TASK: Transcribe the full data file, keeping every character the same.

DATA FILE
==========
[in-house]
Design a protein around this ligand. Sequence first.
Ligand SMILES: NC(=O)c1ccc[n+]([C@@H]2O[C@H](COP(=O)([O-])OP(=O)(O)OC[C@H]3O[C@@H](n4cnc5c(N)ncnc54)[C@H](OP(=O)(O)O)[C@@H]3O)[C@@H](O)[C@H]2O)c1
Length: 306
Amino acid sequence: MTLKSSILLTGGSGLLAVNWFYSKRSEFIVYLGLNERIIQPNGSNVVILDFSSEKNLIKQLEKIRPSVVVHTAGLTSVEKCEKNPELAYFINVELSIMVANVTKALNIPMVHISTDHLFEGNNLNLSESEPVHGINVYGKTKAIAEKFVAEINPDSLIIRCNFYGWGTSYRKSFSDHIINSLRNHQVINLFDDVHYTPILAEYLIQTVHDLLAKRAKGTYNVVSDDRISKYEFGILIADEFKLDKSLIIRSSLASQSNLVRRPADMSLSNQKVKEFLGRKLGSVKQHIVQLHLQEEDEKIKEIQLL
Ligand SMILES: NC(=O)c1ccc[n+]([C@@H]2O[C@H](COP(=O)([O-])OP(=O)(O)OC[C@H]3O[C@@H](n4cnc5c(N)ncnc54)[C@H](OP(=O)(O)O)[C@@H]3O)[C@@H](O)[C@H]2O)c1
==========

[in-house]
Design a protein around this ligand. Sequence first.
Ligand SMILES: NC(=O)c1ccc[n+]([C@@H]2O[C@H](COP(=O)([O-])OP(=O)(O)OC[C@H]3O[C@@H](n4cnc5c(N)ncnc54)[C@H](OP(=O)(O)O)[C@@H]3O)[C@@H](O)[C@H]2O)c1
Length: 306
Amino acid sequence: MTLKSSILLTGGSGLLAVNWFYSKRSEFIVYLGLNERIIQPNGSNVVILDFSSEKNLIKQLEKIRPSVVVHTAGLTSVEKCEKNPELAYFINVELSIMVANVTKALNIPMVHISTDHLFEGNNLNLSESEPVHGINVYGKTKAIAEKFVAEINPDSLIIRCNFYGWGTSYRKSFSDHIINSLRNHQVINLFDDVHYTPILAEYLIQTVHDLLAKRAKGTYNVVSDDRISKYEFGILIADEFKLDKSLIIRSSLASQSNLVRRPADMSLSNQKVKEFLGRKLGSVKQHIVQLHLQEEDEKIKEIQLL
Ligand SMILES: NC(=O)c1ccc[n+]([C@@H]2O[C@H](COP(=O)([O-])OP(=O)(O)OC[C@H]3O[C@@H](n4cnc5c(N)ncnc54)[C@H](OP(=O)(O)O)[C@@H]3O)[C@@H](O)[C@H]2O)c1